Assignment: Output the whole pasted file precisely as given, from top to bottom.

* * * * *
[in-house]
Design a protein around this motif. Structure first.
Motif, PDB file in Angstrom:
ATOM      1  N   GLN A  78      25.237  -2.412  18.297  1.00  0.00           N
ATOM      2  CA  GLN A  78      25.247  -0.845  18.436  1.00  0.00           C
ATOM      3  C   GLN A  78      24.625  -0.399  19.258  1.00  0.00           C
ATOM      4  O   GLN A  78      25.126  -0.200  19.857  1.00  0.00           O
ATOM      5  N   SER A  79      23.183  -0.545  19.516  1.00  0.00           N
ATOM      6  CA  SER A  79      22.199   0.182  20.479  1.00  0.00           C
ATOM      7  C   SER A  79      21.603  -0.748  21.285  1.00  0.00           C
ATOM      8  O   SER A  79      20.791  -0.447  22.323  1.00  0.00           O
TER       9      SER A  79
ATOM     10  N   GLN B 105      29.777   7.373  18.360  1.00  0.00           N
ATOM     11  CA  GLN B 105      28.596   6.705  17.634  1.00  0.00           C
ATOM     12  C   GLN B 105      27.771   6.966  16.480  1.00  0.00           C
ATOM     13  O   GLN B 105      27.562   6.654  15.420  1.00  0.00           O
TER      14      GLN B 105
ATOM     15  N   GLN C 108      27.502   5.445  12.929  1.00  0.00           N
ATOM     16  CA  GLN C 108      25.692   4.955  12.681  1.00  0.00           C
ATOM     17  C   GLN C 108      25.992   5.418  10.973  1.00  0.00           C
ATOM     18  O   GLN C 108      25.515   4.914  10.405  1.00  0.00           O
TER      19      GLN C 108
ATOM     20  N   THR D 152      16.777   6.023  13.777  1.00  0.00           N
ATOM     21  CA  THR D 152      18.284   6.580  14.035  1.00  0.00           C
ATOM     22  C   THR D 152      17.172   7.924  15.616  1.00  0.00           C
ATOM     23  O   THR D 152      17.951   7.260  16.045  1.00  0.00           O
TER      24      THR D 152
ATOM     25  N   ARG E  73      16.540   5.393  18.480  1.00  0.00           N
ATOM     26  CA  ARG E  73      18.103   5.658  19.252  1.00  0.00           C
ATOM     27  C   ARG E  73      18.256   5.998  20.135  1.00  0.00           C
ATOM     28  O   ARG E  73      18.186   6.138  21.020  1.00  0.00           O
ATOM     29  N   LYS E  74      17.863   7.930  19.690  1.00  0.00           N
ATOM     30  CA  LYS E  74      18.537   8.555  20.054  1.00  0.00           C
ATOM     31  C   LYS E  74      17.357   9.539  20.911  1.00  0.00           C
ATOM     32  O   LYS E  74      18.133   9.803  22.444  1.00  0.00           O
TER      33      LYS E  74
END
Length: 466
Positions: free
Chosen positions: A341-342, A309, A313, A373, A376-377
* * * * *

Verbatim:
[in-house]
Design a protein around this motif. Structure first.
Motif, PDB file in Angstrom:
ATOM      1  N   GLN A  78      25.237  -2.412  18.297  1.00  0.00           N
ATOM      2  CA  GLN A  78      25.247  -0.845  18.436  1.00  0.00           C
ATOM      3  C   GLN A  78      24.625  -0.399  19.258  1.00  0.00           C
ATOM      4  O   GLN A  78      25.126  -0.200  19.857  1.00  0.00           O
ATOM      5  N   SER A  79      23.183  -0.545  19.516  1.00  0.00           N
ATOM      6  CA  SER A  79      22.199   0.182  20.479  1.00  0.00           C
ATOM      7  C   SER A  79      21.603  -0.748  21.285  1.00  0.00           C
ATOM      8  O   SER A  79      20.791  -0.447  22.323  1.00  0.00           O
TER       9      SER A  79
ATOM     10  N   GLN B 105      29.777   7.373  18.360  1.00  0.00           N
ATOM     11  CA  GLN B 105      28.596   6.705  17.634  1.00  0.00           C
ATOM     12  C   GLN B 105      27.771   6.966  16.480  1.00  0.00           C
ATOM     13  O   GLN B 105      27.562   6.654  15.420  1.00  0.00           O
TER      14      GLN B 105
ATOM     15  N   GLN C 108      27.502   5.445  12.929  1.00  0.00           N
ATOM     16  CA  GLN C 108      25.692   4.955  12.681  1.00  0.00           C
ATOM     17  C   GLN C 108      25.992   5.418  10.973  1.00  0.00           C
ATOM     18  O   GLN C 108      25.515   4.914  10.405  1.00  0.00           O
TER      19      GLN C 108
ATOM     20  N   THR D 152      16.777   6.023  13.777  1.00  0.00           N
ATOM     21  CA  THR D 152      18.284   6.580  14.035  1.00  0.00           C
ATOM     22  C   THR D 152      17.172   7.924  15.616  1.00  0.00           C
ATOM     23  O   THR D 152      17.951   7.260  16.045  1.00  0.00           O
TER      24      THR D 152
ATOM     25  N   ARG E  73      16.540   5.393  18.480  1.00  0.00           N
ATOM     26  CA  ARG E  73      18.103   5.658  19.252  1.00  0.00           C
ATOM     27  C   ARG E  73      18.256   5.998  20.135  1.00  0.00           C
ATOM     28  O   ARG E  73      18.186   6.138  21.020  1.00  0.00           O
ATOM     29  N   LYS E  74      17.863   7.930  19.690  1.00  0.00           N
ATOM     30  CA  LYS E  74      18.537   8.555  20.054  1.00  0.00           C
ATOM     31  C   LYS E  74      17.357   9.539  20.911  1.00  0.00           C
ATOM     32  O   LYS E  74      18.133   9.803  22.444  1.00  0.00           O
TER      33      LYS E  74
END
Length: 466
Positions: free
Chosen positions: A341-342, A309, A313, A373, A376-377